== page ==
Ghost and Graveyard Tour

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Editorial Review

A drunken ghost still looking for his head, lopped off by a trolley.

A deceased lover searching for his cheating wife to exact his revenge.

Mass, unmarked graves next to the church where George Washington worshiped.

Many of the stories of historic Alexandria are told in the bright light of day, but ones like these (with a history that's gruesome and creepy) must wait until the sun has gone down and the children are tucked in their beds.

Take a walk, if you will, down the haunted thoroughfares of Alexandria. Every weekend, groups of up to 30 gather outside Ramsay House Visitors Center on King Street to spend more than an hour winding through the alleys of the historic city and being spooked by lantern-carrying, costumed docents on Alexandria Colonial Tours' Ghost and Graveyard Tour.

There is something special about listening to a ghost story in the summer. Even sans a campfire, a well-told tale tops anything you can watch in a movie theater. A soundtrack of cicadas and the feeling of goose bumps that aren't caused by air conditioning can't be duplicated.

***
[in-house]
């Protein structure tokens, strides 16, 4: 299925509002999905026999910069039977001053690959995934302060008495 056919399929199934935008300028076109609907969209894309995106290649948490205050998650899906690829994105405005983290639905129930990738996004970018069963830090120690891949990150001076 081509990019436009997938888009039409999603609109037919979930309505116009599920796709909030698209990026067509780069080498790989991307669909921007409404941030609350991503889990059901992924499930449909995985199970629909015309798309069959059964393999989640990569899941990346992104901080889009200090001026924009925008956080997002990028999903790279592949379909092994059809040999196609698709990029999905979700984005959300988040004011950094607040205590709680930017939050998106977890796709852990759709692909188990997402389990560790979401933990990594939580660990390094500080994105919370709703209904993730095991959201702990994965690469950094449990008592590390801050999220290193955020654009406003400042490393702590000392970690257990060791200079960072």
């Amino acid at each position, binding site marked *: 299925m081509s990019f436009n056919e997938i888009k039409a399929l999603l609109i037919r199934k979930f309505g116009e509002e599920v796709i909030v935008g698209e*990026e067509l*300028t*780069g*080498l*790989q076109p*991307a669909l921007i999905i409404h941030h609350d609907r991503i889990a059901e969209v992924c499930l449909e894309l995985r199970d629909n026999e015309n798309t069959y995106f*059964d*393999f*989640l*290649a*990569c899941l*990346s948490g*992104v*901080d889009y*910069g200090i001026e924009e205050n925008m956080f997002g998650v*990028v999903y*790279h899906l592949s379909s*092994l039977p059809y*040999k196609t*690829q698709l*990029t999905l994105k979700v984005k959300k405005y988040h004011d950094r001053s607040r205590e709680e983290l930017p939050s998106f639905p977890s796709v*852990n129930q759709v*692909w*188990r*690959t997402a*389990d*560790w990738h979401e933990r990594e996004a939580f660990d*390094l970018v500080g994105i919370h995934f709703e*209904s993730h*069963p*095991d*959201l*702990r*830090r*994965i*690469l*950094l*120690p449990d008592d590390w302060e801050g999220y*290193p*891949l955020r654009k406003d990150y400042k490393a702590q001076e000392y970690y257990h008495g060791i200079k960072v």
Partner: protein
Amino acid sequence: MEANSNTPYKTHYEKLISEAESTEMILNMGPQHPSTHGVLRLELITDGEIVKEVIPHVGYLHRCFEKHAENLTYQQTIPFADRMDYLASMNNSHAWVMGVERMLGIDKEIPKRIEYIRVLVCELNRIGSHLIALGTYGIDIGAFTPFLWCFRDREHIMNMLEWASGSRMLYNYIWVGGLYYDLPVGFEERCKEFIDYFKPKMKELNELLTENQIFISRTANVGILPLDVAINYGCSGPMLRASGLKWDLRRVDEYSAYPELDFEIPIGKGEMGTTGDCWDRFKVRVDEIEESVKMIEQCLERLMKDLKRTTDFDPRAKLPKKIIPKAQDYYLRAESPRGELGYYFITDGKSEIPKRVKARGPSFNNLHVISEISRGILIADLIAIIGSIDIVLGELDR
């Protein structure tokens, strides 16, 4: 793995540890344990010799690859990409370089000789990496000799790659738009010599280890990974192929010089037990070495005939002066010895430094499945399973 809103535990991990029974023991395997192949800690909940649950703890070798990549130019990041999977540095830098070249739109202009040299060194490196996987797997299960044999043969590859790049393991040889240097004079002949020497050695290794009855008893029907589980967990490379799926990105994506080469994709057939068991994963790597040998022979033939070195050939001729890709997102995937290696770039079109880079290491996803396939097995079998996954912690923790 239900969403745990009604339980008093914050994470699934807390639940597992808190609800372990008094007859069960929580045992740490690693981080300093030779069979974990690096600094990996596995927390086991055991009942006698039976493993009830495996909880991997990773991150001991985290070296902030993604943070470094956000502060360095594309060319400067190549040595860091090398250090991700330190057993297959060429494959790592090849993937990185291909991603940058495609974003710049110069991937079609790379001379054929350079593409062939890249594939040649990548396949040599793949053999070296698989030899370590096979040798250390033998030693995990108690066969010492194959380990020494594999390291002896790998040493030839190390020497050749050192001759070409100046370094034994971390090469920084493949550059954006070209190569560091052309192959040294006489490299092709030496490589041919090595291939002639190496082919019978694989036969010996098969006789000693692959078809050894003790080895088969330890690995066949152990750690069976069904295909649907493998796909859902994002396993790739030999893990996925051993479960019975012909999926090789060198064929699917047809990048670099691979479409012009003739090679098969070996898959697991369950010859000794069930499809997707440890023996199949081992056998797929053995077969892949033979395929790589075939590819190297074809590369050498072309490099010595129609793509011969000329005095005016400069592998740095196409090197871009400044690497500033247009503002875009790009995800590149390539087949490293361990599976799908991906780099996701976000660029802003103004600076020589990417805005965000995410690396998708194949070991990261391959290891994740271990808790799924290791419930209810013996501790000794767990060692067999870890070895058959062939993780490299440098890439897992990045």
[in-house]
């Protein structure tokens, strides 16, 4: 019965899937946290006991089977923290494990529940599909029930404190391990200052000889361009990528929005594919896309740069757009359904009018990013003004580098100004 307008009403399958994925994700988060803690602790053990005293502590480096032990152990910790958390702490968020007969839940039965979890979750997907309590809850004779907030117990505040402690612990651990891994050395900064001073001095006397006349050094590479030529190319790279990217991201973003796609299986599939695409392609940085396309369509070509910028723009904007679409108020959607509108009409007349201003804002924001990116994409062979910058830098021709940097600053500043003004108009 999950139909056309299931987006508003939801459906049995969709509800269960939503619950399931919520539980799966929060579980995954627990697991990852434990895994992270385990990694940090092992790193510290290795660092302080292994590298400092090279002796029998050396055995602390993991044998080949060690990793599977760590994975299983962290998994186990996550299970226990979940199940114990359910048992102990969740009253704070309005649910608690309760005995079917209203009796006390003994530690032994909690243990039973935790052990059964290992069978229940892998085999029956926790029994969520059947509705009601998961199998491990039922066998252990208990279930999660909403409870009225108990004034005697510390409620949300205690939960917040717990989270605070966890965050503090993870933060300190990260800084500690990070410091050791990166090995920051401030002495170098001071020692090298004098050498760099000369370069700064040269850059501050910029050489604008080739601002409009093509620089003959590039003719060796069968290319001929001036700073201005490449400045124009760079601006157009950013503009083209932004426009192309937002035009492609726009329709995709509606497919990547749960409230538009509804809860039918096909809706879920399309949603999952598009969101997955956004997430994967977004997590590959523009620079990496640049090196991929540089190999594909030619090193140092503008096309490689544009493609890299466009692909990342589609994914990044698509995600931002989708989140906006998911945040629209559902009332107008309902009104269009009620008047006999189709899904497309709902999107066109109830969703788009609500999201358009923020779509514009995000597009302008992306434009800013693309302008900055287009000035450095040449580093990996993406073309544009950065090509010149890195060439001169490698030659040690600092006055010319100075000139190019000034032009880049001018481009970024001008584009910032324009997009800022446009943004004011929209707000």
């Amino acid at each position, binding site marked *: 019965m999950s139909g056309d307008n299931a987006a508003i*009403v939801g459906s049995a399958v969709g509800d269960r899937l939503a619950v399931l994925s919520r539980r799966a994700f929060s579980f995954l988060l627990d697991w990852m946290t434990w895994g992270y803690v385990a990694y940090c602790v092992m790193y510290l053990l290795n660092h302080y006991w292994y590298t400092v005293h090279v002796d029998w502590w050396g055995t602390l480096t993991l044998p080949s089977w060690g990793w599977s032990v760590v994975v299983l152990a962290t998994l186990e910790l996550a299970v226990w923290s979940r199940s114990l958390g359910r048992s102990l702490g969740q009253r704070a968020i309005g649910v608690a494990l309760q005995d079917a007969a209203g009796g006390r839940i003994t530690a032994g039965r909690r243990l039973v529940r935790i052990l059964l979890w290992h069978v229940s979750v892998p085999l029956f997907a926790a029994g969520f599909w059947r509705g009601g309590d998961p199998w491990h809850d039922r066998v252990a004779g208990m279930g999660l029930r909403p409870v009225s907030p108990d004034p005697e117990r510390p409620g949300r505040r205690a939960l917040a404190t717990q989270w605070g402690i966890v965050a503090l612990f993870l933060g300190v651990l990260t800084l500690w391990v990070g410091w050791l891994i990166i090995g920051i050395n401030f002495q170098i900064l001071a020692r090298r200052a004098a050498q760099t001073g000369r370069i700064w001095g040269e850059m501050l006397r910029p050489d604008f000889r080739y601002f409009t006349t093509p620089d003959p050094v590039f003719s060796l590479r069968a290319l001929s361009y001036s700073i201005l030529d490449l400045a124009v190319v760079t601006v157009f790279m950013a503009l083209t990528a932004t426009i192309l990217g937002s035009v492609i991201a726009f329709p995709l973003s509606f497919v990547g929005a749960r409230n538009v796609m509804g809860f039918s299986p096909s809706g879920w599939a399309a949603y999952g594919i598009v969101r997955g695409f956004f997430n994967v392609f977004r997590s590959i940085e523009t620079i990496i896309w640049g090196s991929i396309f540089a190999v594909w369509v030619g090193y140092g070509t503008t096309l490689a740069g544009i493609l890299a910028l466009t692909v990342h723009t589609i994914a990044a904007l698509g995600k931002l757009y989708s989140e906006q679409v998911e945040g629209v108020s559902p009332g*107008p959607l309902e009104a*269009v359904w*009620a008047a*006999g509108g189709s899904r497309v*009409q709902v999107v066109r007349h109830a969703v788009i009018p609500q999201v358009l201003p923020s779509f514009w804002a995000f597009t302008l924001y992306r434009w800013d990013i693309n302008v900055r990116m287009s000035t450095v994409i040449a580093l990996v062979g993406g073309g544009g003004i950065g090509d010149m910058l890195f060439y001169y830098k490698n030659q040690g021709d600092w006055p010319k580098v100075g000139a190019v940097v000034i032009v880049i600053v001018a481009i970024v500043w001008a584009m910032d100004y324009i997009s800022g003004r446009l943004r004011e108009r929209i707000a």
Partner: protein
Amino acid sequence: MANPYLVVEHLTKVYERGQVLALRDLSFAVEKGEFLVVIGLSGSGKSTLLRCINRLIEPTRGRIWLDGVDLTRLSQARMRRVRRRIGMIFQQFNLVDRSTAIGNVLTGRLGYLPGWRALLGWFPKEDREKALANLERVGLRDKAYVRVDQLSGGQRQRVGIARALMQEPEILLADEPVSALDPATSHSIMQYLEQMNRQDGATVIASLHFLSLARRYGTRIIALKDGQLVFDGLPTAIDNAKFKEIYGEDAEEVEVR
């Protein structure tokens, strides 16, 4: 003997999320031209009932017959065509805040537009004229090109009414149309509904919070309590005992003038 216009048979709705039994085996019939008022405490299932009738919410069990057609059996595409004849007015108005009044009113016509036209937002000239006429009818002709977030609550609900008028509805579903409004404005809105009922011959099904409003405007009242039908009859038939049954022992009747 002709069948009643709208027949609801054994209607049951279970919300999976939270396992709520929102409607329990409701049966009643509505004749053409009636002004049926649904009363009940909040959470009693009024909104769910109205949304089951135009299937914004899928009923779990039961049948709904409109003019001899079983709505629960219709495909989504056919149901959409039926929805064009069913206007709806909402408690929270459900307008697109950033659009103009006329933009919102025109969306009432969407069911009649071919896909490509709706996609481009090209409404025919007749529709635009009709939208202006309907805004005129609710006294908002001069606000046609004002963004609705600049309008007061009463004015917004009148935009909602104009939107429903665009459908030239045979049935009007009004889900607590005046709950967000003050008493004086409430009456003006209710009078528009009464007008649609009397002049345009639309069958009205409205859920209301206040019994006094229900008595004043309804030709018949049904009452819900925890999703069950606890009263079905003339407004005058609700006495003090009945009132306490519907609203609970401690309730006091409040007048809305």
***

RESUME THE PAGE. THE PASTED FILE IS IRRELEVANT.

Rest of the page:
Tour guides such as Andrew Mills, who led a recent walk, really are excited about telling these stories and encourage the audience to participate. The ghost that lost its head? Short Jack was as tall as the young boy in the front row, Andrew says. The alley the group stands in is where the trolley came down that foggy night.

You can almost hear his drunken singing as he wandered down the alley before passing out in the most unfortunate of spots: in the path of a trolley that, with bells clanging, thundered down the way. After being decapitated, he was about this tall, Mills says, pointing to the boy's neck. The rapt audience shivers.

But the story isn't quite over. Neighborhood kids kicked around the head before realizing it wasn't a ball. The head rolled so far away that the ghost of Short Jack has never been able to find it, Mills continues to another collective shiver. Not the last spook of the night, but one that will no doubt make listeners glance over their shoulder whenever they pass the alley again.

--Amy Orndorff Friday, May 23, 2008